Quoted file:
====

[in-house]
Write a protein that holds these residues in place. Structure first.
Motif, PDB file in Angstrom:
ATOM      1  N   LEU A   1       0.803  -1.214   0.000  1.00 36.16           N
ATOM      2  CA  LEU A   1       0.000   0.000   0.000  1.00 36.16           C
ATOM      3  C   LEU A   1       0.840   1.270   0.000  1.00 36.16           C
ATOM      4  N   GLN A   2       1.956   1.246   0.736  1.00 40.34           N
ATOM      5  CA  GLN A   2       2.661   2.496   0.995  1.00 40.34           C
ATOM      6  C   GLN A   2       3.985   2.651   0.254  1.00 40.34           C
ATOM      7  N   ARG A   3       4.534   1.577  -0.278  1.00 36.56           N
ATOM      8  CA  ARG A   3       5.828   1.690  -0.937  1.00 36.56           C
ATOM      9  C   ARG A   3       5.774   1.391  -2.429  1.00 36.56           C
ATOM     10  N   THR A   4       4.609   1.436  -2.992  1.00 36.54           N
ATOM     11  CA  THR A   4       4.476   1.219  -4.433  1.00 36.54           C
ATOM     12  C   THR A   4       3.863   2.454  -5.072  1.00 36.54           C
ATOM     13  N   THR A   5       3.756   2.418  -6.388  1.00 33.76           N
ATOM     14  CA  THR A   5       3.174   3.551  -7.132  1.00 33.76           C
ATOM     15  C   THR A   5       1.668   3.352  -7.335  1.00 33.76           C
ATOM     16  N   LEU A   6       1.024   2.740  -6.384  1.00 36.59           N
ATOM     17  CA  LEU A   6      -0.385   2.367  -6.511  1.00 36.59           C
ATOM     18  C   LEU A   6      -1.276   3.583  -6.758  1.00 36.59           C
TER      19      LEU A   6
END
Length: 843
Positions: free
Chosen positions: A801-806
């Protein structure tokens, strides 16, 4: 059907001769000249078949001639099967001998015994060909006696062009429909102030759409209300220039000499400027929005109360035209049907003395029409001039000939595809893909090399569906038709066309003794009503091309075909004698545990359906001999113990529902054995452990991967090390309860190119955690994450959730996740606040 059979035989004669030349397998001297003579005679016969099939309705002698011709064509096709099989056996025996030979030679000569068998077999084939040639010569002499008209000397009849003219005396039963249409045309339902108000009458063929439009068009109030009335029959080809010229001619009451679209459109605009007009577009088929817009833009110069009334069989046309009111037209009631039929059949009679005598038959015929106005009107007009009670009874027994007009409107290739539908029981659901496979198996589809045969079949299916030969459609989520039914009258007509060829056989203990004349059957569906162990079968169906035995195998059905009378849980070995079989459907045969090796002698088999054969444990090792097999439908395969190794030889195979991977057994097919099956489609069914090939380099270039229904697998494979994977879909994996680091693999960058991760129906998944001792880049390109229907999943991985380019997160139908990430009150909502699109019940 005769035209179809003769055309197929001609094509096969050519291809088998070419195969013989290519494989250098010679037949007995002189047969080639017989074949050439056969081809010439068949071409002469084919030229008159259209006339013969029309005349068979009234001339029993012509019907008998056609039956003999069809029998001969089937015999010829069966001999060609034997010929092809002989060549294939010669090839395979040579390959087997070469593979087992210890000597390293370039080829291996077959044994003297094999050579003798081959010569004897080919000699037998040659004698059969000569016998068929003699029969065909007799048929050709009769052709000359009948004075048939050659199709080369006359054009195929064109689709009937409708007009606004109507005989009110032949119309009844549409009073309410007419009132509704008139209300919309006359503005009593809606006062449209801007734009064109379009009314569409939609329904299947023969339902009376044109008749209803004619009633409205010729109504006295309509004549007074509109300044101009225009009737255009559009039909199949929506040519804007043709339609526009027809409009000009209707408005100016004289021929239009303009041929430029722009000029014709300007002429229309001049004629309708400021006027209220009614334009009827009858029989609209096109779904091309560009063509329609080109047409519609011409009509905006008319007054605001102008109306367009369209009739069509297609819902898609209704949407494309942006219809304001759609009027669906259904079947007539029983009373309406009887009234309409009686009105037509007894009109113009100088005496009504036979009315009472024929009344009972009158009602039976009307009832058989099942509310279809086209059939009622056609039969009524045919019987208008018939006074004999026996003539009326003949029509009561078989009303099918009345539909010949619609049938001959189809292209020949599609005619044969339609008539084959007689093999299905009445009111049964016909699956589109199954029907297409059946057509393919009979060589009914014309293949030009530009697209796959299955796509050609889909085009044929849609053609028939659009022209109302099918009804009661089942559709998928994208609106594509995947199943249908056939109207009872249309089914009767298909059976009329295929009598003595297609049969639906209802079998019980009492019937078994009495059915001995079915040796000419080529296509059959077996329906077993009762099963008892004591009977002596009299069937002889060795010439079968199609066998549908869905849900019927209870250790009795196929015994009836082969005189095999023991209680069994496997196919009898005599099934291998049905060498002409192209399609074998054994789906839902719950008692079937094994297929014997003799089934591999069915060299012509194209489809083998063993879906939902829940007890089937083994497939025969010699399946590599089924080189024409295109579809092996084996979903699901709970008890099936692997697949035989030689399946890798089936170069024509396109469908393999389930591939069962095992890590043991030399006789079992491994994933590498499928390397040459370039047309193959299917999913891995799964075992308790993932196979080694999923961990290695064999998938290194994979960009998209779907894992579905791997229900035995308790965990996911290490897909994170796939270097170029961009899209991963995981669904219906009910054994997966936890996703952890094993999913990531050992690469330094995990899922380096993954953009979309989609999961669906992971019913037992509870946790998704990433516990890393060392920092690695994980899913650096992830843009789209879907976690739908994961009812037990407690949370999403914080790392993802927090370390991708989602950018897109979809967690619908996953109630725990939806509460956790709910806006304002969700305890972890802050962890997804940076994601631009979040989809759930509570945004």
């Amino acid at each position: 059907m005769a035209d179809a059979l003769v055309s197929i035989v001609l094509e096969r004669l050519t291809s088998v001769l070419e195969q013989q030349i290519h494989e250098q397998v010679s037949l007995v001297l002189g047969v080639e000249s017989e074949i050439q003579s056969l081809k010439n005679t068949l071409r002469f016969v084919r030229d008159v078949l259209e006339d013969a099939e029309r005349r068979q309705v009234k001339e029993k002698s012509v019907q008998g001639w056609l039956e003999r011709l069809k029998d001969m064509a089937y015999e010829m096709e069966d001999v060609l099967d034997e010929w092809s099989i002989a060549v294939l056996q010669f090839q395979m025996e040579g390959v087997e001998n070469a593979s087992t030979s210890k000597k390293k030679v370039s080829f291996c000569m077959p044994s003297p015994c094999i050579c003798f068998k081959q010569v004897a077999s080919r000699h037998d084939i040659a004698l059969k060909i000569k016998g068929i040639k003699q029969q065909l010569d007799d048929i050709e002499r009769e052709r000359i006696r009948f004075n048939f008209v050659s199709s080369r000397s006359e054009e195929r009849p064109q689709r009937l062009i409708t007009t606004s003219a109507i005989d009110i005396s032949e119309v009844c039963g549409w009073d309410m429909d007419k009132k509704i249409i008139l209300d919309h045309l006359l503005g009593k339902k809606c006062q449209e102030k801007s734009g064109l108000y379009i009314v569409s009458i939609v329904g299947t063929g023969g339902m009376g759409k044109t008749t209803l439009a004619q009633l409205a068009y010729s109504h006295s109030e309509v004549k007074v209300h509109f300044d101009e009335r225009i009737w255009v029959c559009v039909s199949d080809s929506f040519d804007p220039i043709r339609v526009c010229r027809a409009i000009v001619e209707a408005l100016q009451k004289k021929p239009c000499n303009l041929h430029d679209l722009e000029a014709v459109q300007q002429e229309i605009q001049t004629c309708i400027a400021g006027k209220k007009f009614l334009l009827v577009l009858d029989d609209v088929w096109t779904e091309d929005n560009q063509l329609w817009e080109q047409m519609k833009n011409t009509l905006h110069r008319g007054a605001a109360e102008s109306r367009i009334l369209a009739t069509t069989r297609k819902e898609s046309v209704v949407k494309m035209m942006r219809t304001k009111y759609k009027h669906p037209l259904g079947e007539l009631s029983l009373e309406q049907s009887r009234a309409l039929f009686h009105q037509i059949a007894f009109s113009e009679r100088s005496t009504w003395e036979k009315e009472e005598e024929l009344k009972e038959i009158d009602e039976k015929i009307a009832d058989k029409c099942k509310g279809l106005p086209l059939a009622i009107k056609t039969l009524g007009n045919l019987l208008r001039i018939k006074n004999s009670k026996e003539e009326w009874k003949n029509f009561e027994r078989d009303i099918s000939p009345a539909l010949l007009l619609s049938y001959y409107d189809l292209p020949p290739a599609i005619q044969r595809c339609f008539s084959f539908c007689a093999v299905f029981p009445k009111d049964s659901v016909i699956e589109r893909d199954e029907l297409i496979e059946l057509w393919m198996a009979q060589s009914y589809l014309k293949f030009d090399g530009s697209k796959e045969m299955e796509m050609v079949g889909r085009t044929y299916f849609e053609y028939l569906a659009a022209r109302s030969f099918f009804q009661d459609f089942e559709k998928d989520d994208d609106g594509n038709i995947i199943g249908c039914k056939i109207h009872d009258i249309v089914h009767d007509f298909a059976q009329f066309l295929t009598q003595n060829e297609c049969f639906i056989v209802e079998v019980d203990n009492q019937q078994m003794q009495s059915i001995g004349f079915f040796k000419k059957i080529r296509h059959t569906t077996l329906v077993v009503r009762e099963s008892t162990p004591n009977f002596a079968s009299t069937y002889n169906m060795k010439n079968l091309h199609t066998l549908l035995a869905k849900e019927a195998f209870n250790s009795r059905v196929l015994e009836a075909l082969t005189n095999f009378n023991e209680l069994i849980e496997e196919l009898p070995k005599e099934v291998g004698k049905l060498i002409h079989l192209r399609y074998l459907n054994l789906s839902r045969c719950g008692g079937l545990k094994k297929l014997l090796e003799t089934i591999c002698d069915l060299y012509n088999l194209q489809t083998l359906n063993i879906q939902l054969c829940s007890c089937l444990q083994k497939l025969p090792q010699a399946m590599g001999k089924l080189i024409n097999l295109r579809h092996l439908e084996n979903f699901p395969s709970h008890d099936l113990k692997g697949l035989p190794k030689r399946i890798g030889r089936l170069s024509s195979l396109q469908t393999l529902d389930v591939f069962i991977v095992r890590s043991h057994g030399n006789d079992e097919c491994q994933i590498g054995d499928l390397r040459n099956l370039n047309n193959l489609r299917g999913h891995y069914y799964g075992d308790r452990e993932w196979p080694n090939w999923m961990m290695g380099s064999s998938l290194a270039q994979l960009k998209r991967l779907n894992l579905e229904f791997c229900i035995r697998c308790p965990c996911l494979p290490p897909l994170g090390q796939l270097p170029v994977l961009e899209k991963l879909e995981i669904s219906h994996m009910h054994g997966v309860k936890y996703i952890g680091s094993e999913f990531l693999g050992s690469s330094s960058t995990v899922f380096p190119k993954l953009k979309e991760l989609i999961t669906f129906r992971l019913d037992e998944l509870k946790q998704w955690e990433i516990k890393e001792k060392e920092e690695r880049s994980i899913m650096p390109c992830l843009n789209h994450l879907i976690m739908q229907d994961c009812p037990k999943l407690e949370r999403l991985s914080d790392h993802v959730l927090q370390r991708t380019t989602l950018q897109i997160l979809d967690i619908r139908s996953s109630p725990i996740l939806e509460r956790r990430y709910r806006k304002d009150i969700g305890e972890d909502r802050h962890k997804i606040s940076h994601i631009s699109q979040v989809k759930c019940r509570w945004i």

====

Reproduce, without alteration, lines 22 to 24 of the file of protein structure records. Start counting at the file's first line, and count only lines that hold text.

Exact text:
TER      19      LEU A   6
END
Length: 843